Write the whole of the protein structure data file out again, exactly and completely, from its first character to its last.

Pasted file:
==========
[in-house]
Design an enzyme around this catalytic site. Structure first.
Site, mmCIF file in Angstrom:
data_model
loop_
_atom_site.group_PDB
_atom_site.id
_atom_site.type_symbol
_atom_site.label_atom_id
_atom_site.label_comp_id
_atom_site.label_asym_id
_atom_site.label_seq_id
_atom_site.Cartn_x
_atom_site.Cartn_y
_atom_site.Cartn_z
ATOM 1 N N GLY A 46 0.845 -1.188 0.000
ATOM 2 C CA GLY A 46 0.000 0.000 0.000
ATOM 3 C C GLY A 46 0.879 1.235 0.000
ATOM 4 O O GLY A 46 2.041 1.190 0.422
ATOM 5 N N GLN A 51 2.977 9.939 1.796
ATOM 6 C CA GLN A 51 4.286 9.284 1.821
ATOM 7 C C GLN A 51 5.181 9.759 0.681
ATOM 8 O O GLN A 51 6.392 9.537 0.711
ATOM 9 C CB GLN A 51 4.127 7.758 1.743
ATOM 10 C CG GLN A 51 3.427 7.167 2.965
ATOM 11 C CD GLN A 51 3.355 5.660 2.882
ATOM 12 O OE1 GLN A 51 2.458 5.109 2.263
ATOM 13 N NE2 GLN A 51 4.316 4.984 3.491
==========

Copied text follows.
[in-house]
Design an enzyme around this catalytic site. Structure first.
Site, mmCIF file in Angstrom:
data_model
loop_
_atom_site.group_PDB
_atom_site.id
_atom_site.type_symbol
_atom_site.label_atom_id
_atom_site.label_comp_id
_atom_site.label_asym_id
_atom_site.label_seq_id
_atom_site.Cartn_x
_atom_site.Cartn_y
_atom_site.Cartn_z
ATOM 1 N N GLY A 46 0.845 -1.188 0.000
ATOM 2 C CA GLY A 46 0.000 0.000 0.000
ATOM 3 C C GLY A 46 0.879 1.235 0.000
ATOM 4 O O GLY A 46 2.041 1.190 0.422
ATOM 5 N N GLN A 51 2.977 9.939 1.796
ATOM 6 C CA GLN A 51 4.286 9.284 1.821
ATOM 7 C C GLN A 51 5.181 9.759 0.681
ATOM 8 O O GLN A 51 6.392 9.537 0.711
ATOM 9 C CB GLN A 51 4.127 7.758 1.743
ATOM 10 C CG GLN A 51 3.427 7.167 2.965
ATOM 11 C CD GLN A 51 3.355 5.660 2.882
ATOM 12 O OE1 GLN A 51 2.458 5.109 2.263
ATOM 13 N NE2 GLN A 51 4.316 4.984 3.491